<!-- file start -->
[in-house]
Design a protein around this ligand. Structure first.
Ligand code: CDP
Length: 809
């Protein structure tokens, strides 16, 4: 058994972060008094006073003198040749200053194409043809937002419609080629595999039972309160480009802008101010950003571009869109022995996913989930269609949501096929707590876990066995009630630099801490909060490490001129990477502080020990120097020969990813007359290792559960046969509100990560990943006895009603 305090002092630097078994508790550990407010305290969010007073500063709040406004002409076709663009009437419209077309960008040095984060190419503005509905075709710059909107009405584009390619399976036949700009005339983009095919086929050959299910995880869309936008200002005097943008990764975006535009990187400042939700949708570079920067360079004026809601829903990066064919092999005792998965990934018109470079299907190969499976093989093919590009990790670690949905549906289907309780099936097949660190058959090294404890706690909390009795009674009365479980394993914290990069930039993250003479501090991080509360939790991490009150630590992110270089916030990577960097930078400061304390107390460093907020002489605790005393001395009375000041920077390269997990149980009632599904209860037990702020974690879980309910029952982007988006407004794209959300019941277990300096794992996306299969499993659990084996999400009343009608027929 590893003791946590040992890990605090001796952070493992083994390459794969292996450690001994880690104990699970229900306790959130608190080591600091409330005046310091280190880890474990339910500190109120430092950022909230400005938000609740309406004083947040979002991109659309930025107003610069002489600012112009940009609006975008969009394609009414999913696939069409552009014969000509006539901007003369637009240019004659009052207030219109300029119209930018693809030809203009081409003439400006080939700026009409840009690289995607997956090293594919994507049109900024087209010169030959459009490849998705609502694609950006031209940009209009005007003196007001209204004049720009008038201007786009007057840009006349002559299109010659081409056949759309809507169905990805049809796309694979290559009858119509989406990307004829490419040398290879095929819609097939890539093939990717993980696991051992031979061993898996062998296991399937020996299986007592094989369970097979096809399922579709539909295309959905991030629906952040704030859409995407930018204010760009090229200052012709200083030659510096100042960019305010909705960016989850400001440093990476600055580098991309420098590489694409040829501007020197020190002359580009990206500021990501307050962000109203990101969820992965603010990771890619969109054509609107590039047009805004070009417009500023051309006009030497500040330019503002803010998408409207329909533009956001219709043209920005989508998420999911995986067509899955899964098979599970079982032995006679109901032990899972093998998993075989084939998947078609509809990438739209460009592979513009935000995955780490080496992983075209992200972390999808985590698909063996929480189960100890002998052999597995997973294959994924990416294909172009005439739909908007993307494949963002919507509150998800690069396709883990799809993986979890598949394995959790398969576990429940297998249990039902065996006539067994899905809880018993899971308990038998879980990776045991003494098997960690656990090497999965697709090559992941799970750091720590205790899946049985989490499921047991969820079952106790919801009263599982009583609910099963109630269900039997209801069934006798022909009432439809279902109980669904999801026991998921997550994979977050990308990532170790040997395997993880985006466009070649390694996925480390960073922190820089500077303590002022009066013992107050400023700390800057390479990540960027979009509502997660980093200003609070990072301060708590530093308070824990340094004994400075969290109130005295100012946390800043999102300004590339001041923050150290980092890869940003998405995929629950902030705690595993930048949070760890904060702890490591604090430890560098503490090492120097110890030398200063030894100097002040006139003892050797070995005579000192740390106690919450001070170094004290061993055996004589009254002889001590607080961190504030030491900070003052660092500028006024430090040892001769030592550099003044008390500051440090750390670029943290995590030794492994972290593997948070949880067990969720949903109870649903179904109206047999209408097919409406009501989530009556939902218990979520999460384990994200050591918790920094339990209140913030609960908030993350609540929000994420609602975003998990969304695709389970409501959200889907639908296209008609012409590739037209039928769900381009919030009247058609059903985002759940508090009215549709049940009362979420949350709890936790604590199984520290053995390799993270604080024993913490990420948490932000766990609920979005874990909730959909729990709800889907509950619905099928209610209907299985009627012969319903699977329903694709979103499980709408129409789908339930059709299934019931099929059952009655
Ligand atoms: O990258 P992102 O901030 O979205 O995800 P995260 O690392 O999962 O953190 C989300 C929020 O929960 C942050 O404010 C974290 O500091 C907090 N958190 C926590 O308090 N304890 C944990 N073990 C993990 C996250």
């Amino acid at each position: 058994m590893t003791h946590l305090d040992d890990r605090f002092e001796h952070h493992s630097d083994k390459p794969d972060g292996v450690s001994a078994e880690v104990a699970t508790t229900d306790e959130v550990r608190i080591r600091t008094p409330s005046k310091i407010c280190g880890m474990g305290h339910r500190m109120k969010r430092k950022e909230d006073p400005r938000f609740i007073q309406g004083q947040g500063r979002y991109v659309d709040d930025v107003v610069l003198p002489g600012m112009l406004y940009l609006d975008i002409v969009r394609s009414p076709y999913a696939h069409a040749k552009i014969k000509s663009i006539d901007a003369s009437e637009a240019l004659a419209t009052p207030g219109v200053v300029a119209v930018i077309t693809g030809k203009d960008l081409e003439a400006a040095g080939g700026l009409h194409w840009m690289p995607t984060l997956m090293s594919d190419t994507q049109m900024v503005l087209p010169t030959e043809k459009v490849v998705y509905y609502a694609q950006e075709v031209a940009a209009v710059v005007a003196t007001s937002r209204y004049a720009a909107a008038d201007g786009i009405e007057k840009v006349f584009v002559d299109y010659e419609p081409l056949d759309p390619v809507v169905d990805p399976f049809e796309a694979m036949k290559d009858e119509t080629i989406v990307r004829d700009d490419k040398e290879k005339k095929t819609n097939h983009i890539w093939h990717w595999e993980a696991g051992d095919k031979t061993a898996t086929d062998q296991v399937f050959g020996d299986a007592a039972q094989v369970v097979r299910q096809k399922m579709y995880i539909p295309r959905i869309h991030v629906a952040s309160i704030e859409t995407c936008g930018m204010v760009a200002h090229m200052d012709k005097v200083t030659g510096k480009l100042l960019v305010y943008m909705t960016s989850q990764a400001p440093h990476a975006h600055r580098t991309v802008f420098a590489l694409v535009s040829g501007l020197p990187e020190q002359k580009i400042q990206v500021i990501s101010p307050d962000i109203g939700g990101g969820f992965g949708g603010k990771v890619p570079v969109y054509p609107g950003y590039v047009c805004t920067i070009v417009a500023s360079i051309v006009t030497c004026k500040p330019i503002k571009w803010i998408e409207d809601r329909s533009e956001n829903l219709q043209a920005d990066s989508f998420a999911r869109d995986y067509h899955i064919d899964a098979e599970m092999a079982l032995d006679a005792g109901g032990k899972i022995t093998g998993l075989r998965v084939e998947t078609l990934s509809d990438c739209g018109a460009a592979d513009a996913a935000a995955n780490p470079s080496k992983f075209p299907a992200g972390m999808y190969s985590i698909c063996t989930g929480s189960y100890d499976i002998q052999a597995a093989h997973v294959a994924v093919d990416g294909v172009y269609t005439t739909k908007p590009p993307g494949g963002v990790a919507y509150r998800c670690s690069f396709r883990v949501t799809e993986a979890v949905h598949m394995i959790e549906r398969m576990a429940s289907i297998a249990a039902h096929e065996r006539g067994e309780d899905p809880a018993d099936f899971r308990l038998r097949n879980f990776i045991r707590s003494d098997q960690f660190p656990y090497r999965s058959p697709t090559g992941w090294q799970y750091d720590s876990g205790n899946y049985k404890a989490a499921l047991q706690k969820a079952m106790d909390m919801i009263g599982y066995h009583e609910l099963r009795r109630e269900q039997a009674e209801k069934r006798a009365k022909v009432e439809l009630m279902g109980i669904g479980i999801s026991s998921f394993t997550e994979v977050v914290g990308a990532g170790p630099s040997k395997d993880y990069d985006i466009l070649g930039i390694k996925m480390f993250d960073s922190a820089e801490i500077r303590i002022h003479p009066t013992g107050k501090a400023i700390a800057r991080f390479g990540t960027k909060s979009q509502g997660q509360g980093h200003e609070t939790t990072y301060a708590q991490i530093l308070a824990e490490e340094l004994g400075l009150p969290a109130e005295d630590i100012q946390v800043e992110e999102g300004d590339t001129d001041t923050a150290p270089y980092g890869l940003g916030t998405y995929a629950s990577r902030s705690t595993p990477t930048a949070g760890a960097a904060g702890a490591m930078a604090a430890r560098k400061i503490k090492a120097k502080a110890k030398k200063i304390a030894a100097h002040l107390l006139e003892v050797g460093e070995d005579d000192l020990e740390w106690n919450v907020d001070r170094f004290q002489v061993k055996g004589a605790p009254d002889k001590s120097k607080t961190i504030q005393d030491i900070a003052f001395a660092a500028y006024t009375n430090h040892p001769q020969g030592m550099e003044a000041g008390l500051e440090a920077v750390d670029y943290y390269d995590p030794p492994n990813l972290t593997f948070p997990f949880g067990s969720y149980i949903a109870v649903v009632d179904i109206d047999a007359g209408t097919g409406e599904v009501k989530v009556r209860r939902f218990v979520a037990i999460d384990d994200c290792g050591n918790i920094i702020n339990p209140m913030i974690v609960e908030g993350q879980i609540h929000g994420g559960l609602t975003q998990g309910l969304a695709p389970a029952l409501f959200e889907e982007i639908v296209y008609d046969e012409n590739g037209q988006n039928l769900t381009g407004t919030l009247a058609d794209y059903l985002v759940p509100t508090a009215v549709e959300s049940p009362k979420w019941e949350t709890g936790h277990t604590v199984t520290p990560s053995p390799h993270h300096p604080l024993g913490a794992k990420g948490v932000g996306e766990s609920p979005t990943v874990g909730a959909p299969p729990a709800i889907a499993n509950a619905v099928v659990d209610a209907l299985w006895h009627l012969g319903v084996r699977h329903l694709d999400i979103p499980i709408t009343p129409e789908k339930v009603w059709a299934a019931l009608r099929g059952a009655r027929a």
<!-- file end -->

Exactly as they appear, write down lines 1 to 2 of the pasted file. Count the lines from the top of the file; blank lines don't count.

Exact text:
[in-house]
Design a protein around this ligand. Structure first.